In an effort to get in front of the issue before media availability begins in Indianapolis on Thursday, the four Final Four coaches released a joint statement supporting the NCAA in its stance on Indiana's controversial Religious Freedom Restoration Act.
The statement released through the National Association of Basketball Coaches emphasizes condemns every form of discrimination.
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“We are aware of the recent actions in Indiana and have made a point to talk about this sensitive and important issue among ourselves and with our teams," the statement read. "Each of us strongly supports the positions of the NCAA and our respective institutions on this matter – that discrimination of any kind should not be tolerated. As a part of America’s higher education system, college basketball plays an important role in diversity, equality, fairness and inclusion, and will continue to do so in the future.”
Wisconsin's Bo Ryan, Kentucky's John Calipari, Michigan State's Tom Izzo and Duke's Mike Krzyzewski discussed concerns about Indiana's Religious Freedom Restoration Act on a conference call Wednesday morning and agreed to release a statement. The statement very likely won't prevent them from receiving further questions Thursday and Friday before Saturday's national semifinals, but it does allow them to avoid further comment on an inflammatory issue.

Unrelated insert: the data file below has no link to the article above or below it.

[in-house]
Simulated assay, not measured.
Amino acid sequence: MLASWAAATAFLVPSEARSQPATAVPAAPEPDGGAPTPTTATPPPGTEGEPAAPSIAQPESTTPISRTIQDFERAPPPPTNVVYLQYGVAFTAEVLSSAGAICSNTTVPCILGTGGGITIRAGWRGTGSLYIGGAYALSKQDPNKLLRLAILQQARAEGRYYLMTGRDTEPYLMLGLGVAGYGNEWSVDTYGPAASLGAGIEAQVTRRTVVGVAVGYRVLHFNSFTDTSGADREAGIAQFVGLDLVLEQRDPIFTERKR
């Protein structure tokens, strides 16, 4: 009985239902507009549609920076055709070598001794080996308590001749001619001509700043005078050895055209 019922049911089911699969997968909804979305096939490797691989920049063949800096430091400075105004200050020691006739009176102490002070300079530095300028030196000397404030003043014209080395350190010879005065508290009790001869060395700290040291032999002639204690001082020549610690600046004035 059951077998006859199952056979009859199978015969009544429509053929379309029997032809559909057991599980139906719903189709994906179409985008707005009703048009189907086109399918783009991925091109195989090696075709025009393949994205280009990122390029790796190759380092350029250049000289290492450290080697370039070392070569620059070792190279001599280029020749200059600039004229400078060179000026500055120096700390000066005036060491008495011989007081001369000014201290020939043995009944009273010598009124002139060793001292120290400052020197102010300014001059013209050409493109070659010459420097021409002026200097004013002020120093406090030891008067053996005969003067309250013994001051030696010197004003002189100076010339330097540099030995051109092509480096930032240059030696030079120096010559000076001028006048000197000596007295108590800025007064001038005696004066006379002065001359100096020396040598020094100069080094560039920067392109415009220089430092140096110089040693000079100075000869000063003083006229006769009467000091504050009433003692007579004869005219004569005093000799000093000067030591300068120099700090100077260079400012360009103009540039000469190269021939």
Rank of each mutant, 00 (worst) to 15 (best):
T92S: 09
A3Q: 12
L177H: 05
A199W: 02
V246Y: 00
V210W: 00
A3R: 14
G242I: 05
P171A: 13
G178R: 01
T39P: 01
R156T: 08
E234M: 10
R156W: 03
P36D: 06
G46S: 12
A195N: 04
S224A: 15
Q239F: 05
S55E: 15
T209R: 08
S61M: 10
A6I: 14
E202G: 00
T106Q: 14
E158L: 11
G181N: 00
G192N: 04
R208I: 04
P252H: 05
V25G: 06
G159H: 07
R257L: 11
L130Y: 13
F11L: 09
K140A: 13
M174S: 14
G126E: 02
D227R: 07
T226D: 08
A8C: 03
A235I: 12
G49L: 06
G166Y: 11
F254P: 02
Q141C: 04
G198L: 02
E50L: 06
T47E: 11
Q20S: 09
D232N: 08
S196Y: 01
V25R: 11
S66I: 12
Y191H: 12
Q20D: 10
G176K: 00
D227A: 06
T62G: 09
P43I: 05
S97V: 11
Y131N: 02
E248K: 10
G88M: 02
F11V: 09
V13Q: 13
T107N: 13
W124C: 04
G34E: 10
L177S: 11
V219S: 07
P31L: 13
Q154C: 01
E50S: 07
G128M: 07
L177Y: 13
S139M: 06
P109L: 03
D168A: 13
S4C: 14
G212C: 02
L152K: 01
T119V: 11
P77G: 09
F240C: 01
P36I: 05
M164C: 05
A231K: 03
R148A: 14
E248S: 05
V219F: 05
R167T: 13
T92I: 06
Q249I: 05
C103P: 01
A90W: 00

Indiana's Religious Freedom Restoration Act protects the rights of individuals and businesses to express strongly held religious beliefs. Critics believe it also provides cover for discrimination against and denial of service to LGBT individuals, among other concerns.
The controversy over the law has already disrupted the travel plans of several other coaches and administrators who initially planned to be in Indianapolis.
UConn coach Kevin Ollie and his staff are boycotting the Final Four in Indianapolis and the annual National Association of Basketball Coaches convention that coincides with it in compliance with an order from Gov. Dannel Malloy's prohibiting all state employees from traveling to Indiana. USC athletic director and College Football Playoff selection committee member Pat Haden has also tweeted that he is the "proud father of a gay son" and would not attend the CFP meeting this week in Indianapolis.
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